week it is time to focus on the gear of Dave
Davies, the guitar soloist of one the greatest bands in history and one of
the favourites of the person who writes these lines: The
It is true that it is a band that drinks and projects pop from all sides but it is also indisputable that it was them, and specifically the protagonist of this article, who shifted the path of 60’s rock towards much rawer sounds.
The legend goes, and incidentally Dave Davies said it many times himself in his interviews, that tired of sounding always like all the other guitarists of the period and limited by the still primitive technique of that decade he could not think of anything else but to take the cone of his Elpico amplifier that he used to display his Vox AC30 and crack it with a razor to create a broken and distorted sound to play what is probably one of the most important riffs in history, that of You really got me. This was not only for what it signified in the band’s career and popular music, but also because of the impact it had on guitarists and composers of the day who undoubtedly saw in that sound the way to go. From Pete Townshend to Jimi Hendrix himself, a huge number of guitarists recognised the influence of that sound and that riff on their compositions.
The guitar with which he recorded that riff was a Harmony Meteor but he didn’t keep it too long; nor any of his other models. In fact it is difficult to think of a legendary guitar model that can be closely linked to the figure of Dave Davies. The explanation can be found from the words of Davies himself in an interview in which he says that the idea of accumulating guitars never passed through his head - simply when he is happy with one he gets rid of any others - which explains why we have seen periods of him with a Gibson Les Paul Goldtop or a Custom, an Epiphone Casino, with the extremely rare Vox Phantom V or with a Guild Starfire (one of the few models that he really did miss). But perhaps that most related with the Kinks’ glorious years is his Gibson Flying V; a guitar that he bought in a pawn shop after losing a Gretsch at an airport that had originally been made for George Harrison, who had got rid of it.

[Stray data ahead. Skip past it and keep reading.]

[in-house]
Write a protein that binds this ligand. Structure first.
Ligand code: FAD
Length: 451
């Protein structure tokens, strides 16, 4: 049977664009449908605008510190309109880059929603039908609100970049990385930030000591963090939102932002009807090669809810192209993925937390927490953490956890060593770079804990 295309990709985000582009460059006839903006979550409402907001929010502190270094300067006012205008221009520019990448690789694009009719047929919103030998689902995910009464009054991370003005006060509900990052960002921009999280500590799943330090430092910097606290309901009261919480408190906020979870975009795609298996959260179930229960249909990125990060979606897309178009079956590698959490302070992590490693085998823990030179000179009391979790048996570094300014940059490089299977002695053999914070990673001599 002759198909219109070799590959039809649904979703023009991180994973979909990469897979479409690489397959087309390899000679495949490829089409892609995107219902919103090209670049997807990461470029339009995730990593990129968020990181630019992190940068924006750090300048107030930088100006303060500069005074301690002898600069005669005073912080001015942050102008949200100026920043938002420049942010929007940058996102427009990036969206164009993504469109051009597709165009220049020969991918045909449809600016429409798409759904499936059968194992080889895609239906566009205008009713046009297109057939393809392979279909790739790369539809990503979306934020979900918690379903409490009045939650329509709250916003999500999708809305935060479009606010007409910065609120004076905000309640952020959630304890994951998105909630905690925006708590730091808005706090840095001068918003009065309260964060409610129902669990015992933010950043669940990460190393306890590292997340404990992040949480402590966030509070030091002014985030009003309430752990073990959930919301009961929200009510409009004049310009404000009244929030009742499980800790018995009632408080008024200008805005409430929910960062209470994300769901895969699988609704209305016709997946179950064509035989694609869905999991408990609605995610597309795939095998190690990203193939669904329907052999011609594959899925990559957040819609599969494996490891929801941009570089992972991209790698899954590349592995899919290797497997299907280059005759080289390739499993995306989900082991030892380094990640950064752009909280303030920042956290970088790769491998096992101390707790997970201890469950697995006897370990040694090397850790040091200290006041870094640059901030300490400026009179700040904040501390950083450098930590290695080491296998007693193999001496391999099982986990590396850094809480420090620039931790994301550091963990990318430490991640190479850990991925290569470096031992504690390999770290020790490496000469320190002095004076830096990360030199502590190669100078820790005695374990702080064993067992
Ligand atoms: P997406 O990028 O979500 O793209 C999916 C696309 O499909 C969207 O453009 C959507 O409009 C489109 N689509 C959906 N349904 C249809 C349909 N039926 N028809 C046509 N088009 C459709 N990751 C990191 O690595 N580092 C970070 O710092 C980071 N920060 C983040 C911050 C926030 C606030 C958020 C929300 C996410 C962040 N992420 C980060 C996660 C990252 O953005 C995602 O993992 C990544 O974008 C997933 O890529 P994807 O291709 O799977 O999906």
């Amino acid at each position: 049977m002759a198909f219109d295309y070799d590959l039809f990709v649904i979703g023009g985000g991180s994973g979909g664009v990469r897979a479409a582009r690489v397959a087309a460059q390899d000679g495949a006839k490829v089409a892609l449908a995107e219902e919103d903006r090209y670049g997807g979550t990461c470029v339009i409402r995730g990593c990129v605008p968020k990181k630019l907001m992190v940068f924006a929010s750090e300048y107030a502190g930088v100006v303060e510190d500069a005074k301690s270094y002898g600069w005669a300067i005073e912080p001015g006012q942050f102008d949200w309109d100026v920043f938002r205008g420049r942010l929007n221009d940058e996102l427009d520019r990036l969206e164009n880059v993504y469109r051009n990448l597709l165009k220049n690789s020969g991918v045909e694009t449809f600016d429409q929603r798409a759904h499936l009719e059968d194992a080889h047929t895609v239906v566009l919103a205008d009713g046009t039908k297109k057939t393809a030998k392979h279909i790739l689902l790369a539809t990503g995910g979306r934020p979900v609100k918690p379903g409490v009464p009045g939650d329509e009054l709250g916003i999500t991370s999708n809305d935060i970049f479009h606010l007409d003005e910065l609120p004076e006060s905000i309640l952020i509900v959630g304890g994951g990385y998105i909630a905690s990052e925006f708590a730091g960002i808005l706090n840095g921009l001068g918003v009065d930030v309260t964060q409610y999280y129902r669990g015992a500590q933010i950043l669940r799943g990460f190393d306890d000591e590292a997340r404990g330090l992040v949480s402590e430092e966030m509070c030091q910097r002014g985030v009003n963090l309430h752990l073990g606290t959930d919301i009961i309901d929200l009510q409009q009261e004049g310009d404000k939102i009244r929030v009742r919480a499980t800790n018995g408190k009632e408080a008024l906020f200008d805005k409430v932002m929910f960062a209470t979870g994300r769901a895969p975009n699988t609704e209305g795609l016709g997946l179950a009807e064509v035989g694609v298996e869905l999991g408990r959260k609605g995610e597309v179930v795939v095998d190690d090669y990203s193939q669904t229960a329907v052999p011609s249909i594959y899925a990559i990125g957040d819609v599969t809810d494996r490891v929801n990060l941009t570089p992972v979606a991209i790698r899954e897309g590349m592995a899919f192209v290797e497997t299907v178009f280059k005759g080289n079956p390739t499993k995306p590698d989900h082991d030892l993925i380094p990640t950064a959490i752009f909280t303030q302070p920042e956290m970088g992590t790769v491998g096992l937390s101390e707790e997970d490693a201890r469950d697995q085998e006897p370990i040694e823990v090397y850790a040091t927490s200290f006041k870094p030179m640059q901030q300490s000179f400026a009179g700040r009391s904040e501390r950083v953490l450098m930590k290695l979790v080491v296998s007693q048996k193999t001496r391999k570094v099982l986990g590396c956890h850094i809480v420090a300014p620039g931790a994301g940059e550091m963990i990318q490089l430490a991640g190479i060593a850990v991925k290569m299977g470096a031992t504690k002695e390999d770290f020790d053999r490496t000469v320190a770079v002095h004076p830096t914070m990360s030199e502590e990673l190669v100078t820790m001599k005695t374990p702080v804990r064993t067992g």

Currently Davies can be seen with a Gibson Les Paul Studio or a Fender Telecaster with Lace Sensor pickups installed and plugged into a Peavey Classic 30. The years pass, the guitars pass, along with the amplifiers, and nothing remains. It is clear that Dave Davies doesn’t form a part of the vintage club, and much less of creating emotional links with his guitars. He has used them, he uses them and he will use them to make music… but he is clear that he is the one making the music and the guitars are only an instrument.